Christmas a season of celebrations
For most people Christmas is about family, friends, food and fun, writes
It’s easy to assume that everyone does Christmas the same: decorating trees, filling stockings, putting milk and cookies out for Santa, wrapping and unwrapping presents, moaning about how Snoopy’s Christmas is played too much (or too little), and binging on way too much food. But just as every Kiwi is different, so too is how they celebrate Christmas.
‘‘Since arriving in New Zealand in 1990, our family has adopted some Kiwi Christmas traditions while retaining some of our own Chinese Malaysian traditions,’’ says Stan Low from Auckland. ‘‘Our celebration starts with a Christmas Eve dinner with family members. It’s like our Chinese New Year’s Eve reunion dinner, but with roast turkey, ham and roast potatoes and beetroot.
‘‘We also follow another Malaysian custom of opening our home to friends and relatives on Christmas Day after church. If the Erin Reilly.
weather is good, we fire up the barbecue for chicken wings, steak, lamb chops and sausages for Christmas lunch. By dinner time we are already suffering from food comatose, so we don’t have a formal Christmas Day dinner.’’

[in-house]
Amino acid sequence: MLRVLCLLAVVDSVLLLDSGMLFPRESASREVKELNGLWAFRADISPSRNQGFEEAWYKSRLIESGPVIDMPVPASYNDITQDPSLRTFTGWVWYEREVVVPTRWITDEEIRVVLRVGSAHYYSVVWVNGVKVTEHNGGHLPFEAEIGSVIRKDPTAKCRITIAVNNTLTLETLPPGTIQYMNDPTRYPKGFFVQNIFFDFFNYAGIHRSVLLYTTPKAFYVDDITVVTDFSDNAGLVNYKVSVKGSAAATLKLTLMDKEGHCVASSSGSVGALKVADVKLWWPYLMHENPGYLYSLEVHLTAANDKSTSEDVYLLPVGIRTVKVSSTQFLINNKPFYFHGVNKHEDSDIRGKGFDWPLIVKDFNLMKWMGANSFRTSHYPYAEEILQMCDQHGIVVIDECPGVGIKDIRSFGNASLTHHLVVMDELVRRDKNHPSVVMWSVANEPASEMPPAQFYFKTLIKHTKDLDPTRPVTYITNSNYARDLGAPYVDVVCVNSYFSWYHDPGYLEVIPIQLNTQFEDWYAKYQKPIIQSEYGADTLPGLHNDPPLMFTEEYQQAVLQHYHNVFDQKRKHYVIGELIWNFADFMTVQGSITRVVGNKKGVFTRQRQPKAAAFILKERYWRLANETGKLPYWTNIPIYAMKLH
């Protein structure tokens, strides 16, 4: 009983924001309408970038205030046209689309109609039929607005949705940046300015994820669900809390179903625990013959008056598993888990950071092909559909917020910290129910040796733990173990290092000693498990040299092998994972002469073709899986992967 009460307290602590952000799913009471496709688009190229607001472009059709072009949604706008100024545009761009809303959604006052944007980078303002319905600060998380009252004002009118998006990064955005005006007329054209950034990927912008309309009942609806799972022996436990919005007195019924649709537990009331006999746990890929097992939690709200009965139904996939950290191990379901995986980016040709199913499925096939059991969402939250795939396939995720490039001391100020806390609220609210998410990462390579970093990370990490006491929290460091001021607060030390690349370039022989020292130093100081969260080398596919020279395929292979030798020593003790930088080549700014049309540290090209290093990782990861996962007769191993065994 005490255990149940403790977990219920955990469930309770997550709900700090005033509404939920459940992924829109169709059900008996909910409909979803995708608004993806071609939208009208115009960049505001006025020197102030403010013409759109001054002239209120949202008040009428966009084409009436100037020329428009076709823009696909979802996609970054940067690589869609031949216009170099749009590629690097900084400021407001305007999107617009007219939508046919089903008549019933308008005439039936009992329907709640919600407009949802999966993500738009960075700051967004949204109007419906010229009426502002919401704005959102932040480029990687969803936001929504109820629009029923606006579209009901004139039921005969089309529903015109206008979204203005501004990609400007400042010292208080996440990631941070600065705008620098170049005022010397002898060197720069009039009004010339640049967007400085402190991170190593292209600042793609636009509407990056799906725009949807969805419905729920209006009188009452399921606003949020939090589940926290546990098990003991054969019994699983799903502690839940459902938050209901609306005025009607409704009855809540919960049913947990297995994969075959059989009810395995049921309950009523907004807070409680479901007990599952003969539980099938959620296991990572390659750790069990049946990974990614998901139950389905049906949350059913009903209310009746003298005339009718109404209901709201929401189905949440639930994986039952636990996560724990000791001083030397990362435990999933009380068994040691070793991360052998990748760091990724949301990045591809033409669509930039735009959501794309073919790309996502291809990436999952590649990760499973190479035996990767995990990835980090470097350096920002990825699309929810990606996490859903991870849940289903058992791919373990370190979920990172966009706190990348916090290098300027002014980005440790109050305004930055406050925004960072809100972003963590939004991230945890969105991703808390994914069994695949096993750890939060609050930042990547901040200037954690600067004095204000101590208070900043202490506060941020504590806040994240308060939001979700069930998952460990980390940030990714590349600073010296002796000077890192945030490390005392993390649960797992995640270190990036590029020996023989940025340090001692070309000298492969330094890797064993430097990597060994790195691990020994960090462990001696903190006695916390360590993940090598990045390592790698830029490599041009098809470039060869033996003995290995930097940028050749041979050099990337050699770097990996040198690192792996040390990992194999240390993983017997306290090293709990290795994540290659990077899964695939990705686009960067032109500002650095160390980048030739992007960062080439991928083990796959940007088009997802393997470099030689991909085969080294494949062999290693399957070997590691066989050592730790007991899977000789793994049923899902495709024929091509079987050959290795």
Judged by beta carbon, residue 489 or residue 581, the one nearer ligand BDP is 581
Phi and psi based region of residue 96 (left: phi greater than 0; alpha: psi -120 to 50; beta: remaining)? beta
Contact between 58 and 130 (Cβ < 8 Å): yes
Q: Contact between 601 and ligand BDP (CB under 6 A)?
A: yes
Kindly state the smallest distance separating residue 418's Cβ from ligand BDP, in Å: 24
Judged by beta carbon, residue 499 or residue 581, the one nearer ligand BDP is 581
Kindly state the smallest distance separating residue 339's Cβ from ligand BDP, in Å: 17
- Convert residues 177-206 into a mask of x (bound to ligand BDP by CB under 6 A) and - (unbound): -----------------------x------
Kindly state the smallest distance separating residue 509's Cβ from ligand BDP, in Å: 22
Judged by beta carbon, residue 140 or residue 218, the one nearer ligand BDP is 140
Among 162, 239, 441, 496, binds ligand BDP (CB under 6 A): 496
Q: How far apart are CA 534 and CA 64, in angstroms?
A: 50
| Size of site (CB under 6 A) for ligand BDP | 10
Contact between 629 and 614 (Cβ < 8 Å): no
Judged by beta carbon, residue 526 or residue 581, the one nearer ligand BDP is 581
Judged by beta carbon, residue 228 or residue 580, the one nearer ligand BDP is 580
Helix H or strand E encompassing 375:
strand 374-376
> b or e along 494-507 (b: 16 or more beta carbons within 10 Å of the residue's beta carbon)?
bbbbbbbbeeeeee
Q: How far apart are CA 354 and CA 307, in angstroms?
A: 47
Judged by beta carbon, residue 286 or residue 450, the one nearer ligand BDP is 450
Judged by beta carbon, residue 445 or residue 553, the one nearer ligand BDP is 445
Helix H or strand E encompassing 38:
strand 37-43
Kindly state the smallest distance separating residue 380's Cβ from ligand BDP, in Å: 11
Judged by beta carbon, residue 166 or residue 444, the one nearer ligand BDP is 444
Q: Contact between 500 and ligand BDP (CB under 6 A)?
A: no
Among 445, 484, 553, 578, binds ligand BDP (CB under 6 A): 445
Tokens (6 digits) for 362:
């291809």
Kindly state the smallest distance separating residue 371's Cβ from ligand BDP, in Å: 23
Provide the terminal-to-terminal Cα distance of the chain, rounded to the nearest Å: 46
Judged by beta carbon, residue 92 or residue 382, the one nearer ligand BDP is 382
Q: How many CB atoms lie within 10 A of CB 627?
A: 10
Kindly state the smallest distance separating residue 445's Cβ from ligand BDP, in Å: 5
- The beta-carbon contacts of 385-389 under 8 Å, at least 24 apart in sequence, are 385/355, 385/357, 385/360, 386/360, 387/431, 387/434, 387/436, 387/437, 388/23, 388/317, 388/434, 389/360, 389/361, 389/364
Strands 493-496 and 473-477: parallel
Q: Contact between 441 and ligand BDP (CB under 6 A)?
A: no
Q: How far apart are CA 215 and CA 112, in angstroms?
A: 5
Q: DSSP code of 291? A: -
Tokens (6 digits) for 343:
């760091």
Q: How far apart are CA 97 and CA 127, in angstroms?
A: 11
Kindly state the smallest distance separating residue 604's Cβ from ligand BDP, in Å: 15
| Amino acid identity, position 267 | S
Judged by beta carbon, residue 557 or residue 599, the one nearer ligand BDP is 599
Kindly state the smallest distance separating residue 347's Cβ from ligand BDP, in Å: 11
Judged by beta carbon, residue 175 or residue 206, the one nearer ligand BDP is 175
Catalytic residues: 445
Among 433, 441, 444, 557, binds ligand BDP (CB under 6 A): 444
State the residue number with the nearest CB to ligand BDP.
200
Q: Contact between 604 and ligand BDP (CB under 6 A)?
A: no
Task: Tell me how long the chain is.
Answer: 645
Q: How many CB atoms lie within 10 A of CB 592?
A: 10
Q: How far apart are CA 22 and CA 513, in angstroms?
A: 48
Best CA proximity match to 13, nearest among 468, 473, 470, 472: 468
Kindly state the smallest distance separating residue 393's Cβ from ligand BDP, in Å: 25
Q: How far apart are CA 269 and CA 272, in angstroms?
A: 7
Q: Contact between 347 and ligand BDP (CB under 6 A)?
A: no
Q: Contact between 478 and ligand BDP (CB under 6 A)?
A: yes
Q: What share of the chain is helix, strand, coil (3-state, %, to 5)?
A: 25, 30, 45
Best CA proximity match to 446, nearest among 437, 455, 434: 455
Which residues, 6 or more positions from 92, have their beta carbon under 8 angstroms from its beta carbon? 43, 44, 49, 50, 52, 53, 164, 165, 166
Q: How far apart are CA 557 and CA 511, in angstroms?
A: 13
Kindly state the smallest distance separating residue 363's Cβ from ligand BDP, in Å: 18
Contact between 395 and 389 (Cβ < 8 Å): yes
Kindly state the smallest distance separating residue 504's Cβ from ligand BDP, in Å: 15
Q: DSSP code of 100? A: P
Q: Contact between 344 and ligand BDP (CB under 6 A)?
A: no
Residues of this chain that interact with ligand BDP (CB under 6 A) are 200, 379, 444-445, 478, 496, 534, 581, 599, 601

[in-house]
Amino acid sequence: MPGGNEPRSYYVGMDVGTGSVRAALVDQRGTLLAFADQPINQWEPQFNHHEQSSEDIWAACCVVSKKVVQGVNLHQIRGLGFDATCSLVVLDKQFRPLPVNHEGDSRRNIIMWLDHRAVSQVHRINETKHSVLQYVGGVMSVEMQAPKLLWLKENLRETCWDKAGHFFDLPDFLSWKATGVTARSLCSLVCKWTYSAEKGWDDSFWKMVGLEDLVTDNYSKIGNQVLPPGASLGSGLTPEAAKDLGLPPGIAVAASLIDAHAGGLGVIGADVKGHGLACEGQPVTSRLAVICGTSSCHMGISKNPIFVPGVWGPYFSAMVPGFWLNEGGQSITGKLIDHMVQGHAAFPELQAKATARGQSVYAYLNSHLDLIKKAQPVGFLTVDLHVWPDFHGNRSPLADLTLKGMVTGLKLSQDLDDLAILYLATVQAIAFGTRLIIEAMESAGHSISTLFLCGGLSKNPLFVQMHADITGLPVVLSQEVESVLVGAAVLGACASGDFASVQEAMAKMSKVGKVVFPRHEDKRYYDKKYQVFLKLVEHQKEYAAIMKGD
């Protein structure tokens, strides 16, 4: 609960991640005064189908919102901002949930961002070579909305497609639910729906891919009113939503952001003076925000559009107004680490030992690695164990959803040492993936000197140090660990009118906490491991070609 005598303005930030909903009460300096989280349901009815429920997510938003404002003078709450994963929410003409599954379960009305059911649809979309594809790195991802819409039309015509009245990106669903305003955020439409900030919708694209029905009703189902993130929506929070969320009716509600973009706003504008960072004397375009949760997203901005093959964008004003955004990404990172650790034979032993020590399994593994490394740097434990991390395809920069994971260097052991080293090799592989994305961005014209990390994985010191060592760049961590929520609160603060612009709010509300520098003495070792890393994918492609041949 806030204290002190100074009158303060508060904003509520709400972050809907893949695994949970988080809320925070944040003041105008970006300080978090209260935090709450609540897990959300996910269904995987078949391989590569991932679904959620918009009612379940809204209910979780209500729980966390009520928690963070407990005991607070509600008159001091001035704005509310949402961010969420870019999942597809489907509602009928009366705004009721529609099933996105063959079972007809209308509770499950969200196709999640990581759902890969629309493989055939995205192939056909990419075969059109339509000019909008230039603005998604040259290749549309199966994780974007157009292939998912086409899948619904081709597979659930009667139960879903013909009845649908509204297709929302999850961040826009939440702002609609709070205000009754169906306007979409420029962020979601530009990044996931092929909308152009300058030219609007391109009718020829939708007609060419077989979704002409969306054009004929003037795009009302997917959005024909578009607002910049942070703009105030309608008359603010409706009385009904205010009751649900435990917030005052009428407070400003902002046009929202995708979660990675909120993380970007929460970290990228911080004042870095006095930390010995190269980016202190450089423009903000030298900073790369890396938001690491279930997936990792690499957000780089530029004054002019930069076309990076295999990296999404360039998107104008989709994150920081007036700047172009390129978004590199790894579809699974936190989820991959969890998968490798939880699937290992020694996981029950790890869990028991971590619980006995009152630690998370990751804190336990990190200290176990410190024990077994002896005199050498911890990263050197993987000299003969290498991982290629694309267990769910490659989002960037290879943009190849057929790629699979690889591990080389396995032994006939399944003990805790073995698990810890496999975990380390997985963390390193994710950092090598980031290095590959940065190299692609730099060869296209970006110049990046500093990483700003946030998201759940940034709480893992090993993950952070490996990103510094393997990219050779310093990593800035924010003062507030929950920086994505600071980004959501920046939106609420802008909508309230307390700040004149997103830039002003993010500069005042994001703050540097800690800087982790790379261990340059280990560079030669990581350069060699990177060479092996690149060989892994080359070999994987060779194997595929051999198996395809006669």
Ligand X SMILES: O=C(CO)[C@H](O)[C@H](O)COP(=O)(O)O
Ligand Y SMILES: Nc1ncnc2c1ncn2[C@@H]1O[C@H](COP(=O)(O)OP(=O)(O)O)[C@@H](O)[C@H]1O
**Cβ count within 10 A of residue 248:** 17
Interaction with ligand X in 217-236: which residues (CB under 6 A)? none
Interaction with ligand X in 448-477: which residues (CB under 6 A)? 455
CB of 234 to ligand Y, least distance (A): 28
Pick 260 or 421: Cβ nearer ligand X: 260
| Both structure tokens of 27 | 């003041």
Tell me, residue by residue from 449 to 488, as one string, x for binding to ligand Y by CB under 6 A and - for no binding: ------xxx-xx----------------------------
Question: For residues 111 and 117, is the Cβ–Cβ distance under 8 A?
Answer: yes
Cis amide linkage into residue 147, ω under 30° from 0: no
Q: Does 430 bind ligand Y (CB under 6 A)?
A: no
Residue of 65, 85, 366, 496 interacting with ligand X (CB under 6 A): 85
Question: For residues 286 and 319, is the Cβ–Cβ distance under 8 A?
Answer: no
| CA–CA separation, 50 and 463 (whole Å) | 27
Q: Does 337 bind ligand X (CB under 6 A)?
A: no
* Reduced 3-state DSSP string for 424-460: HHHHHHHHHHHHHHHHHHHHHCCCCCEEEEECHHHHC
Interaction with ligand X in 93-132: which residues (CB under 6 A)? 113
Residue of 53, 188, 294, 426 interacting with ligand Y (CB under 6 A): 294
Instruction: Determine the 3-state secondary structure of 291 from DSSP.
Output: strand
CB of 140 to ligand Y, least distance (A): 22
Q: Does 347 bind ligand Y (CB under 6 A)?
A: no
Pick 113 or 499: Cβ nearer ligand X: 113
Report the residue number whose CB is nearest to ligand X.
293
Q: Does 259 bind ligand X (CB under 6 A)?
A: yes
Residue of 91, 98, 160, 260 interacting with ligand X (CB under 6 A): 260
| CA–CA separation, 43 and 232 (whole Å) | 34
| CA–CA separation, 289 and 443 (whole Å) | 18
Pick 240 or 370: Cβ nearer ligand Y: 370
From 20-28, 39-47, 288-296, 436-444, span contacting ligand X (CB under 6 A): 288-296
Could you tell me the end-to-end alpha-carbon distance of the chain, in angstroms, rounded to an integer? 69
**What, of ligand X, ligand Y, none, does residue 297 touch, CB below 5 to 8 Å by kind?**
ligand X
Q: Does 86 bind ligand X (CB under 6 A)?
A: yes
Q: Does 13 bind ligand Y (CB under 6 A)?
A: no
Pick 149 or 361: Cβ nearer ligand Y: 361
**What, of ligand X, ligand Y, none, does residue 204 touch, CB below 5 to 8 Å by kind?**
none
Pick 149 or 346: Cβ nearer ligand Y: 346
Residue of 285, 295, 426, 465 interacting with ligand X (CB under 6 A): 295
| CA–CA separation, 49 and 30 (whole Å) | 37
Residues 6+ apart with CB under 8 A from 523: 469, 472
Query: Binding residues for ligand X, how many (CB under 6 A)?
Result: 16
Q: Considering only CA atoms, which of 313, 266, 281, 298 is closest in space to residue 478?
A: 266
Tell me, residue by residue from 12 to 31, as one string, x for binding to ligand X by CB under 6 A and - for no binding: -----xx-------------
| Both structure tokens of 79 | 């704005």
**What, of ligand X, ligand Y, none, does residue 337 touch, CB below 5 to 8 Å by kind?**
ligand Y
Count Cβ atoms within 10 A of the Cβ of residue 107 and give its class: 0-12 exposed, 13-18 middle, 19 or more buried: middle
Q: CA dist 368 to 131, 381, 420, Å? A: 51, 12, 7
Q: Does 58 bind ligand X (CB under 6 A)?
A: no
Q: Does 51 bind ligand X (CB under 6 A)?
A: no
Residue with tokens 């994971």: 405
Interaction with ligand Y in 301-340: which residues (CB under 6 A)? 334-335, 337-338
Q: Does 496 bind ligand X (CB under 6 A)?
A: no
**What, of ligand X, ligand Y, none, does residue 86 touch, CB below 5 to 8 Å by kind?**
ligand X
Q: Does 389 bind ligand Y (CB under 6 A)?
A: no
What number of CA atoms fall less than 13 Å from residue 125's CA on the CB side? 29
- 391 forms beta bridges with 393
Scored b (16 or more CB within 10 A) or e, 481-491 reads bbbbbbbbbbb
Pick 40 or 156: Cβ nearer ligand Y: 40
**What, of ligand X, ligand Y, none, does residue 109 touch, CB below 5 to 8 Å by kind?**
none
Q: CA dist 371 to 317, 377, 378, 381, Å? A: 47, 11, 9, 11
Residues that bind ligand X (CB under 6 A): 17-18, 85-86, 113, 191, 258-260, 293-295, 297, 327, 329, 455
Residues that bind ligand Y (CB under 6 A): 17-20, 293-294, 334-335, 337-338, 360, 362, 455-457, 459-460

In the Tongan culture, family, food and church are essential components of Christmas celebrations.
‘‘At Christmas time there must be more food than is eaten!’’ says Kelvery Longopoa, whose parents are originally from Tonga. ‘‘Usually the men will cook a pig on the spit, or an umu or hangi while the women prepare the food inside. On Christmas Day, Mum enjoys making extra plates of food to give to our neighbours or relatives.
‘‘I remember as a kid attending midnight mass,’’ she continues. ‘‘It would start at 10pm on Christmas Eve and finish at 12am. After church the whole congregation would meet outside and wish everyone a Merry Christmas. These days Mum and Dad attend a 6pm service, and on Christmas Day we always give thanks to the Lord for his blessings.’’
For Lou Vitali and her family, this time of year revolves around Christmas magic.
‘‘I love the magic of Christmas and the focus it has on joy, happiness and doing life together as a family,’’ says the Auckland mum-of-three. ‘‘On December 1st, Snowflake, our ‘Elf on the Shelf’ comes out of hiding and delivers the kids’ Christmas pyjamas. On Christmas Eve we sing carols at church, then we come home and put out beer and chocolate for Santa ... and of course carrots for Rudolph! Once the kids go to bed, we dust off the gumboots, grab some flour and leave some snowy foot prints by the tree.’’
For others, Christmas is simply about spending the day with their favourite people.
‘‘We just have a big barbecue with friends and family, and drink and chat and enjoy each other,’’ says Bailey Palmer from Wellington. ‘‘That’s what Christmas is about for us.’’
Keen to spread some Christmas cheer in your neighbourhood this year? Why not organise a street party or invite your neighbours over for Christmas dinner or Boxing Day lunch? Just ask around on Neighbourly.
Christmas can be about sharing a meal and spending time with your favourite people.